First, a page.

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United States v. Hill

United States District Court, D. Minnesota

July 8, 2015

United States of America, Plaintiff,
v.
Leonard Dwayne Hill, Defendant.

Benjamin Bejar, Esq., Assistant United States Attorney, United States Attorney's Office, Minneapolis, MN, for Plaintiff.

Robert D. Richman, Esq., St. Louis Park, MN, for Defendant.

MEMORANDUM OPINION AND ORDER

ANN D. MONTGOMERY, District Judge.

I. INTRODUCTION

This matter is before the undersigned United States District Judge for a ruling on Leonard Dwayne Hill's ("Hill") Objection [Docket No. 63] to Magistrate Judge Steven E. Rau's June 26, 2015 Report and Recommendation [Docket No. 62] ("R&R"). In the R&R, Judge Rau recommends denying Hill's Motion to Suppress Statements, Admissions, and Answers [Docket No. 46] and Motion to Suppress Evidence Obtained as a Result of Search and Seizure [Docket No. 47]. After a thorough de novo review of the record and for the reasons stated below, Hill's Objection is overruled and Judge Rau's R&R is adopted.

II. BACKGROUND[1]

Near midnight on July 9, 2014, St. Paul Police Officers Michael Soucheray ("Officer Soucheray") and Chris Rhoades ("Officer Rhoades") responded to an emergency call of shots fired at Willard's Bar, located near North Grotto Street and Edmund Avenue West in St. Paul, Minnesota. The Officers arrived at the scene within minutes of the 911 call. Officer Soucheray entered Willard's Bar and Officer Rhoades walked south on North Grotto Street. Officer Rhoades located several 9-millimeter shell casings on the sidewalk near the bar, as well as additional casings further south.

Witnesses at the scene informed Officer Rhoades that two groups of people had been shooting at each other and had fled. One witness requested a private conversation with Officer Rhoades. This person informed Officer Rhoades that he had witnessed the "entire event" and that an individual Officer Rhoades had just spoken with had been with the shooter. Tr. Mots. Hr'g [Docket No. 61] ("Tr.") 16:15-16. The witness described the individual with the shooter as wearing a red shirt and shorts. The witness described the shooter as a heavyset black male with a red shirt. Finally, the witness informed Officer Rhoades that the shooter had opened the doors of a nearby parked van and said that "he was going to get more ammunition, and then closed the door." Id . 44:25-45:1.

While Officer Rhoades was talking with witnesses outside, Officer Soucheray was viewing surveillance footage inside Willard's Bar and was providing radio updates as he watched. The black and white video showed the area outside of the bar and filmed someone shooting a firearm. Officer Soucheray radioed that the shooter was a black male, probably with a heavy build, wearing a light-colored t-shirt, long shorts, sneakers, and no hat.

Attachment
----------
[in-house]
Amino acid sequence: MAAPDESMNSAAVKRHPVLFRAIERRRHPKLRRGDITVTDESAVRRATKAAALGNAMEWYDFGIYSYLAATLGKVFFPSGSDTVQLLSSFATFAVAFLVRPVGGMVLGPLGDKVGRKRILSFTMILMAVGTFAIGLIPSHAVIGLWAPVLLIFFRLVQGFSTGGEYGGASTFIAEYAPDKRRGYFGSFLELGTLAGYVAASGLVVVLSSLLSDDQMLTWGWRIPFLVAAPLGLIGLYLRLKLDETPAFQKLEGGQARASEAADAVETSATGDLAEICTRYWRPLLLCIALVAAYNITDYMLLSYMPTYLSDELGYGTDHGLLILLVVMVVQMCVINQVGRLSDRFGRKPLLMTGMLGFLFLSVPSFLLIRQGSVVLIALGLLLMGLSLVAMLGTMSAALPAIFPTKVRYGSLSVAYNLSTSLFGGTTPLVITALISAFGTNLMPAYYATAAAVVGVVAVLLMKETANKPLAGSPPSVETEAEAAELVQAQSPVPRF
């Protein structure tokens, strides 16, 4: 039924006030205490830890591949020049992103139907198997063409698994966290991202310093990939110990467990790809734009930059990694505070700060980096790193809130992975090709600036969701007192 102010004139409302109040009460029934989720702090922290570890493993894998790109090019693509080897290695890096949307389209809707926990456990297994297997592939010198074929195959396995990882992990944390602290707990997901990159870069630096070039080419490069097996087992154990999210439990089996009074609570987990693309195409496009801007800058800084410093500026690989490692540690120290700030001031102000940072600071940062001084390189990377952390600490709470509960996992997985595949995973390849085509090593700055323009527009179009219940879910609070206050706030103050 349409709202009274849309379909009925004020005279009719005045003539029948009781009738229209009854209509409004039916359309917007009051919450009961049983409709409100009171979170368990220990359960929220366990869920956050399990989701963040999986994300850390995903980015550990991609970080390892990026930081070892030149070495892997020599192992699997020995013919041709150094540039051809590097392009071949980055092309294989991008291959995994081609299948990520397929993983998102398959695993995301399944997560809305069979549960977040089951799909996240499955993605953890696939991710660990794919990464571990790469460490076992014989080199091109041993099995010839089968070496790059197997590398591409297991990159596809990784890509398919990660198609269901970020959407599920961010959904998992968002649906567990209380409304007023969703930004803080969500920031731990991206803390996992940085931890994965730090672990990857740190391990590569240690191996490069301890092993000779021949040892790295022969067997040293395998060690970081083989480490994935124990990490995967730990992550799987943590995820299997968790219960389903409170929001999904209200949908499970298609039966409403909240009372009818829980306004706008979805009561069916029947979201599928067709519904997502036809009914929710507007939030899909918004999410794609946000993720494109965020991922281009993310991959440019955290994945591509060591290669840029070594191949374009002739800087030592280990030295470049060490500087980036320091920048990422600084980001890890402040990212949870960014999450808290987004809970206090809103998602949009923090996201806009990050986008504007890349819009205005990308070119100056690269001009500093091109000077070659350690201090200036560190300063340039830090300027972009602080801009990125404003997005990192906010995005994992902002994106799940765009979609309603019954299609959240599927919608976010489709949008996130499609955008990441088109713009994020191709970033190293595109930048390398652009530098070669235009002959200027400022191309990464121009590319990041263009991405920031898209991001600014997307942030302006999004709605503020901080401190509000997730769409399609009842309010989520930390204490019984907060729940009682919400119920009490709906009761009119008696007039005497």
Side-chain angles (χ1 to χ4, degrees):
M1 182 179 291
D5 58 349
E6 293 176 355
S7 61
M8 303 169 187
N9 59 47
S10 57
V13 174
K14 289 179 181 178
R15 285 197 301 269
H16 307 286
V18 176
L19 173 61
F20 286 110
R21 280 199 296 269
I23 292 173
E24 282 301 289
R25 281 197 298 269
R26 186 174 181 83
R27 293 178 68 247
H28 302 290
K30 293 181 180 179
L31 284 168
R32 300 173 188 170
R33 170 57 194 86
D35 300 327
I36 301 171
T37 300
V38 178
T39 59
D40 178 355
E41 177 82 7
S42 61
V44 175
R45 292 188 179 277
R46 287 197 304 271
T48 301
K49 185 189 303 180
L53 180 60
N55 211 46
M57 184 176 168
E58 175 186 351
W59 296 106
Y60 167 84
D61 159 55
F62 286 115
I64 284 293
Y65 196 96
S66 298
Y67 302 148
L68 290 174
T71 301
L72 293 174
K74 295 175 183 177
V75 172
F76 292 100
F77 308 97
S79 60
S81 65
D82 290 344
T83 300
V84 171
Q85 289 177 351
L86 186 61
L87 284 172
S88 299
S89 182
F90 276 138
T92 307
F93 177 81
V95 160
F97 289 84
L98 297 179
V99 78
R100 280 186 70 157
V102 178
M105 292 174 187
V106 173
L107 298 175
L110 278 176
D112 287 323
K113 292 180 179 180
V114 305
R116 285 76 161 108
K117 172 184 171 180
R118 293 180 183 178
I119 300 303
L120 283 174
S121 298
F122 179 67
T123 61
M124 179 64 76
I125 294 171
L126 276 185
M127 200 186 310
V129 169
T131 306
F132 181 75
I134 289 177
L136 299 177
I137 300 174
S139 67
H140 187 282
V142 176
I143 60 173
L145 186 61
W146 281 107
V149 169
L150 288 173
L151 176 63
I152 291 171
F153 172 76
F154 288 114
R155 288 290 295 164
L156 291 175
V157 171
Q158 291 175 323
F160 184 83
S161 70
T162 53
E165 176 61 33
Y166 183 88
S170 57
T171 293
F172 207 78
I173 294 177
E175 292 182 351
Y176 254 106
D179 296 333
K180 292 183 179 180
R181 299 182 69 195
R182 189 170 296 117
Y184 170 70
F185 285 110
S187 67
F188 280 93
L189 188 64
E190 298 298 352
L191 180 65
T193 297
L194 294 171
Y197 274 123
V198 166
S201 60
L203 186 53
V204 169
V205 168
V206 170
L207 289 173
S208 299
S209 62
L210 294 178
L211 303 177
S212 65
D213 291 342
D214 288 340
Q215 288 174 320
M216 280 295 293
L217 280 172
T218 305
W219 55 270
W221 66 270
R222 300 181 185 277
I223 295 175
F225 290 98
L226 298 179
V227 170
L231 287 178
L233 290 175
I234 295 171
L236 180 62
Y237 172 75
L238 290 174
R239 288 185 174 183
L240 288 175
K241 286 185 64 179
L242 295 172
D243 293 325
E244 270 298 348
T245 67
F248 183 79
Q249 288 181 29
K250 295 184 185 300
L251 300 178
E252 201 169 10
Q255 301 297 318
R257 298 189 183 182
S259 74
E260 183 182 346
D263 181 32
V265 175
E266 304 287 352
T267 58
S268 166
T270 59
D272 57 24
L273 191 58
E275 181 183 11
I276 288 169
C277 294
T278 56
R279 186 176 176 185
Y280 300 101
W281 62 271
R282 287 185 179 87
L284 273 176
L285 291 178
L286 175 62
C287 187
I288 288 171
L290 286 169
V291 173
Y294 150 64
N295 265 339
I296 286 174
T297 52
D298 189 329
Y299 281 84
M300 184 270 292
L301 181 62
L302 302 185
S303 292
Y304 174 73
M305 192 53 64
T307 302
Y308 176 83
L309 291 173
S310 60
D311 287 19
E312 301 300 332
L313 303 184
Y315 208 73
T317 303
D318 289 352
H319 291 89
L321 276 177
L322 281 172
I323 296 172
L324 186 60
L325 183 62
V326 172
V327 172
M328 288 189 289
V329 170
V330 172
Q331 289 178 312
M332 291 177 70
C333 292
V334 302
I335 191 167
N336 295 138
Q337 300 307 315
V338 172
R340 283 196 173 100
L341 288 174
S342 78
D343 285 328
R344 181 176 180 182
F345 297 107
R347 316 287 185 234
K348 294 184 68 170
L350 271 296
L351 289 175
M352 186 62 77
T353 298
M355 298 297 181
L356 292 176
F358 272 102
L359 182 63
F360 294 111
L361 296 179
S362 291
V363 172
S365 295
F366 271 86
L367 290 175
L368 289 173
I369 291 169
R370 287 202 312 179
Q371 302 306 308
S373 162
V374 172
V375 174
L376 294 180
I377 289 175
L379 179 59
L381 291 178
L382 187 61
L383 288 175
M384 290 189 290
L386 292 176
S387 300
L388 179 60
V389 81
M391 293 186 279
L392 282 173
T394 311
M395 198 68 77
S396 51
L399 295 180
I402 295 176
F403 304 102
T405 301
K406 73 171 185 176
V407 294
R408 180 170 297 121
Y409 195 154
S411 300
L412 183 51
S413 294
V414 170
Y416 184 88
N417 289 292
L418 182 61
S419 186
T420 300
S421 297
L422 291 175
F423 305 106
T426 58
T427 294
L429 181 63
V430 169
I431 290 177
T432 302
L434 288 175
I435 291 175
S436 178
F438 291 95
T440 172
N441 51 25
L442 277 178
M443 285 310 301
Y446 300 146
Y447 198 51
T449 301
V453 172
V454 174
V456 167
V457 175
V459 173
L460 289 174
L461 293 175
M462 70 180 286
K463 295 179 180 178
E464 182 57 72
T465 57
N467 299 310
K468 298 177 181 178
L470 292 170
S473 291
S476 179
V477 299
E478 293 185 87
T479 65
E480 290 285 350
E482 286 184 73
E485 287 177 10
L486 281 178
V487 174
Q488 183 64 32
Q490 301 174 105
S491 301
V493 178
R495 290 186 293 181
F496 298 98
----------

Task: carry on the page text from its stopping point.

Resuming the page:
Officer Rhoades walked to the van identified by the witness and peered inside. While inspecting the van, Officer Rhoades noticed a man, later identified as Hill, walking nearby who fit the description of the shooter provided by the witness and corroborated by the video surveillance. Hill's walking pace and gait indicated to Officer Rhoades that the he was likely intoxicated. As Hill walked past, Officer Rhoades asked him how he was doing. Hill offered a slurred and unintelligible response. When asked where he was coming from, Hill responded that he was coming from a Wendy's restaurant. Officer Rhoades determined this response was suspicious because the nearest Wendy's restaurant was over a half-mile away and the individual was not carrying a food bag. Officer Rhoades then asked Hill why he was walking if the van was his, to which Hill responded that the van was in fact his.

At this point, Officer Rhoades believed Hill was the shooter. As Officer Rhoades was placing Hill in handcuffs, he noticed a bulge in Hill's front pocket. Officer Rhoades next conducted a open hand pat-down over Hill's outer clothing, starting with the bulging pocket. From the feel of the pat-down, Officer Rhoades surmised the pocket was full of loose rounds of ammunition. Officer Rhoades testified that he was able to make this determination based on his experience at the shooting range, and that he was "pretty familiar with what a pocket full of ammo feels like." Id . 26:15-17. Officer Rhoades eventually removed twenty-three rounds of 9millimeter ammunition from Hill's pocket.[2] Officer Soucheray conferred again with Officer Rhoades and "confirmed that the male... was the one he had seen on the surveillance footage." Id . 29:6-8.

III. DISCUSSION

A. Standard of Review

"A district judge may refer to a magistrate judge for recommendation a defendant's motion to dismiss or quash an indictment or information, a motion to suppress evidence, or any matter that may dispose of a charge or defense." Fed. R. Crim. P. 59(b)(1). In reviewing a magistrate judge's report and recommendation, the district court "shall make a de novo determination of those portions of the report or specified proposed findings or recommendations to which objection is made." 28 U.S.C. ยง 636(b)(1)(C); see also D. Minn. L.R. 72.2(b). ...


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